Young Money: One-third of Affluent Americans are Gen X/Y

NEW YORK ( MainStreet)--The world of wealth is getting younger. Fully one-third (34%) of affluent Americans are now comprised of Gen X and Gen Y, with $100,000 or more in investable assets -- a substantial increase from the 21% mark of 2010, according to Cogent Research.

Baby Boomers continue to represent the largest generation of investors at 44% of all affluent Americans. Meanwhile, the so-called Silent Generation aged 67 and over is contracting. These older investors currently comprise just 21% of the affluent population, down from one-third in 2010.

Capturing a new generation of investors will require some diligence on the part of book-building financial advisors, as 80% of emerging investors (ages 21 to 29) and 68% of early career investors (ages 30 to 39) say they "make decisions and manage money on my own" according to the Hearts & Wallets Investor Quantitative Panel, an annual poll of more than 5,400 U.S. households.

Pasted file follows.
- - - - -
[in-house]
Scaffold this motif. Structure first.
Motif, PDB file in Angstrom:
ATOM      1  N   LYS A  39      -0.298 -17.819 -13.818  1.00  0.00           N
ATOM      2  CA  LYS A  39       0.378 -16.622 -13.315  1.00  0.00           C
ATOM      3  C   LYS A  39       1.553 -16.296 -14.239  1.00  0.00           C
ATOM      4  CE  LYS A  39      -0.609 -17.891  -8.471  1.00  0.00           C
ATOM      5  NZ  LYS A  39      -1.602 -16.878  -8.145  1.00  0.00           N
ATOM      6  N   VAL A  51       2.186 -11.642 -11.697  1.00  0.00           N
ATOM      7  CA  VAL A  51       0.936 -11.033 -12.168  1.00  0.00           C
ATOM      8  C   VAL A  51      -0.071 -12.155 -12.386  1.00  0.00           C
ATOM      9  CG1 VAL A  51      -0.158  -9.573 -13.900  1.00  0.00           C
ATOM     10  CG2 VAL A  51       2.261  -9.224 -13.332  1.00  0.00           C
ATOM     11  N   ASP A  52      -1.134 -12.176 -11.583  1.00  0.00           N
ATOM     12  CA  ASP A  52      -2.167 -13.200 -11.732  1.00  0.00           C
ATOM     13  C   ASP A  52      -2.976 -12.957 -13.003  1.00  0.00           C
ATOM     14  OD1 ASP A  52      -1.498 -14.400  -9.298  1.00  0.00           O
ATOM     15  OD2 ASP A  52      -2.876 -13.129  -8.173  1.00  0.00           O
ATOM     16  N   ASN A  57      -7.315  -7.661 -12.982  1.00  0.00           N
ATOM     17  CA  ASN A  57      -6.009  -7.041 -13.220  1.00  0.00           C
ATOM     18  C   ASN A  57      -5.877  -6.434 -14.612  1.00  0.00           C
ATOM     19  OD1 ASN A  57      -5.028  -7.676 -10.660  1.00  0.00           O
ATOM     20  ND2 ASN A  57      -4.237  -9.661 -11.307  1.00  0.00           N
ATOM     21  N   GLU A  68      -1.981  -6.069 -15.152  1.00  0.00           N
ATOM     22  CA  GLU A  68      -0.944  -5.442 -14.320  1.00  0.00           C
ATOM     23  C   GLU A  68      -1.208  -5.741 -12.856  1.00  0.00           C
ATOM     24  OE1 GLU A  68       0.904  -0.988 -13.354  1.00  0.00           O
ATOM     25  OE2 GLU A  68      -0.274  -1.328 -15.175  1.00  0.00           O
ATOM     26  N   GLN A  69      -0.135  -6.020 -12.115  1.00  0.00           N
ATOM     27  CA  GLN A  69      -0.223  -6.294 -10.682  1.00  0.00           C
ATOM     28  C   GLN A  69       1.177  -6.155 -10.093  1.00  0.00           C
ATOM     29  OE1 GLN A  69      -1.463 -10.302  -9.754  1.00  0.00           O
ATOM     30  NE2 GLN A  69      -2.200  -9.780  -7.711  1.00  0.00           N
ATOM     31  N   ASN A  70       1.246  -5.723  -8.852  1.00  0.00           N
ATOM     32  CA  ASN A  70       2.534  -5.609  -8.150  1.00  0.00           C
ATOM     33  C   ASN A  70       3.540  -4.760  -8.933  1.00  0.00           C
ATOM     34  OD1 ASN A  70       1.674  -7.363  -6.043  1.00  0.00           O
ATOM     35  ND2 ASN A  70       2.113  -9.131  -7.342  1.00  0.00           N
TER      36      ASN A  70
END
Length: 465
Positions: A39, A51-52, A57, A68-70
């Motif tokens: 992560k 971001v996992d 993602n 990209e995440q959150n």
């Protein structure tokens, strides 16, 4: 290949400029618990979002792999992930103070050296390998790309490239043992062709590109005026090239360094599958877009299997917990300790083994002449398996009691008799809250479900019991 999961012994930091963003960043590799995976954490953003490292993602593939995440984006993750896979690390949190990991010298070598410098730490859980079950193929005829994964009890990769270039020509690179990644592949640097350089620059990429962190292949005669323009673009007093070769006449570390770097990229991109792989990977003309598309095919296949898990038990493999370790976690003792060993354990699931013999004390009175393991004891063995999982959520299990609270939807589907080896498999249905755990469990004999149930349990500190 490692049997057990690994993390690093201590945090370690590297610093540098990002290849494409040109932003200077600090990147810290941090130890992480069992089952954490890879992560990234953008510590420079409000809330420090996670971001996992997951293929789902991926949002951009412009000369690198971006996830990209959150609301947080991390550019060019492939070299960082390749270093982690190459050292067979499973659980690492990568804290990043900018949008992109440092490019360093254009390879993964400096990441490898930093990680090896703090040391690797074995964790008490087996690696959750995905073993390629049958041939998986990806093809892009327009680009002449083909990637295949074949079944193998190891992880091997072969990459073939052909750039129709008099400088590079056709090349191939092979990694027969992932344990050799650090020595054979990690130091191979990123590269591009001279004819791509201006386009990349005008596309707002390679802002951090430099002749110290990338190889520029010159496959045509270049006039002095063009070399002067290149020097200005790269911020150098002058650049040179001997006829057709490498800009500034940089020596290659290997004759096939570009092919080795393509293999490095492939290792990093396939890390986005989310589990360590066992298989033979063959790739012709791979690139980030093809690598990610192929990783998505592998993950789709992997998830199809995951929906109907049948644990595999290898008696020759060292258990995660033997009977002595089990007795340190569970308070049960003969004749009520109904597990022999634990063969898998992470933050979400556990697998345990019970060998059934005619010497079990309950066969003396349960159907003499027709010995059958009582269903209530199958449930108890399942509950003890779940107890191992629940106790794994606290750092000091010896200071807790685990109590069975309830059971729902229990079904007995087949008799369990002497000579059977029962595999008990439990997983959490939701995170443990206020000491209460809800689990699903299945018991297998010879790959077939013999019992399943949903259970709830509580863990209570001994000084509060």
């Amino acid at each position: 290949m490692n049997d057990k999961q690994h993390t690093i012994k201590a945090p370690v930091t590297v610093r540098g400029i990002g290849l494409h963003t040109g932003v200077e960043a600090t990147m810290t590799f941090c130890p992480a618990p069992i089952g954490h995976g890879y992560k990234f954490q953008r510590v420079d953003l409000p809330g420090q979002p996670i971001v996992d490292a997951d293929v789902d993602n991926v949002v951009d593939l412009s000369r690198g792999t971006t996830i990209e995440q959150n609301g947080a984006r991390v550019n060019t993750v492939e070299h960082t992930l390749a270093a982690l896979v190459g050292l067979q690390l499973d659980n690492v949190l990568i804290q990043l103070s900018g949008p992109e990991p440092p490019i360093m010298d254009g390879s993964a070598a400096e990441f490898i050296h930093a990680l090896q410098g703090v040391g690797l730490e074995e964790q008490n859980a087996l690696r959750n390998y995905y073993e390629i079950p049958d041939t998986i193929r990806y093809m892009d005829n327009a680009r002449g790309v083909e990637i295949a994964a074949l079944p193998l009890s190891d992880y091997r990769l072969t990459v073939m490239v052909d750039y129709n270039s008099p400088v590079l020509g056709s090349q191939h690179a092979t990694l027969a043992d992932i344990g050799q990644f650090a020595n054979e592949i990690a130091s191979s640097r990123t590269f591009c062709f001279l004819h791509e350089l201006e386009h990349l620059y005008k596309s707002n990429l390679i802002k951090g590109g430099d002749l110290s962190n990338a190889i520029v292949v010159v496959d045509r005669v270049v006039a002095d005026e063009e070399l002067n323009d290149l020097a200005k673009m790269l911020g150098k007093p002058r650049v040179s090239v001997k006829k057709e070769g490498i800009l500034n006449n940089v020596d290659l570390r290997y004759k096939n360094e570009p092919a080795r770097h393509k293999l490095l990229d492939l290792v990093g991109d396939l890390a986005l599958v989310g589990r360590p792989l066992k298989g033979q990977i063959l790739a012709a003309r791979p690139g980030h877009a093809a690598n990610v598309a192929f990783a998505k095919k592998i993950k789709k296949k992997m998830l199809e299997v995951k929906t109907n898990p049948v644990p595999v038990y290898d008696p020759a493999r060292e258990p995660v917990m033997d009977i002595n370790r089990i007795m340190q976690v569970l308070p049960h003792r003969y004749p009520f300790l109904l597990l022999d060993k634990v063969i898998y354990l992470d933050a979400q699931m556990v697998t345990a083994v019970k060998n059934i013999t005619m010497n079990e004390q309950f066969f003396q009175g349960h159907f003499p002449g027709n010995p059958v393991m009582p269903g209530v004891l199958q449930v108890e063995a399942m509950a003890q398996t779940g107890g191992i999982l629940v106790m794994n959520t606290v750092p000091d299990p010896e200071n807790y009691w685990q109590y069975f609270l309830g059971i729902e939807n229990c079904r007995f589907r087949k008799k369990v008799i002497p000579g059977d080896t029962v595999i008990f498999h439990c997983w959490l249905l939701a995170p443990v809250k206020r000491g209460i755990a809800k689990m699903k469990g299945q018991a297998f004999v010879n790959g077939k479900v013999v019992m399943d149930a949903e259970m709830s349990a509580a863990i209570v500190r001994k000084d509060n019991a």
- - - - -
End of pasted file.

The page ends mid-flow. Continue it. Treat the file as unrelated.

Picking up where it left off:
The Young High Net Worth Insights Survey by Merrill Lynch finds that less than half (45%) of wealthy Millennials believe that their level of knowledge regarding financial and investment matters is greater than that of their parents. Fewer still (19%) would describe themselves as having a high level of knowledge regarding financial matters, and one-quarter admit they have very little knowledge.

"Our findings portray a younger generation that is ambitious, focused on the future, and that has a strong sense of responsibility to family, community and society," says Michael Liersch, Ph.D., director of behavioral finance for Merrill Lynch. These wealthy Millennials are savvy, independent and skeptical; they value expertise, question everything and intend to maintain control of their financial destiny, but admittedly lack a high level of knowledge about investing."

Developing a relationship with these young investors through their parents may also be a challenge for advisors. The Merrill Lynch survey found that less than half (46%) of younger investors discuss financial matters with their parents.

--Written by Hal M. Bundrick for MainStreet

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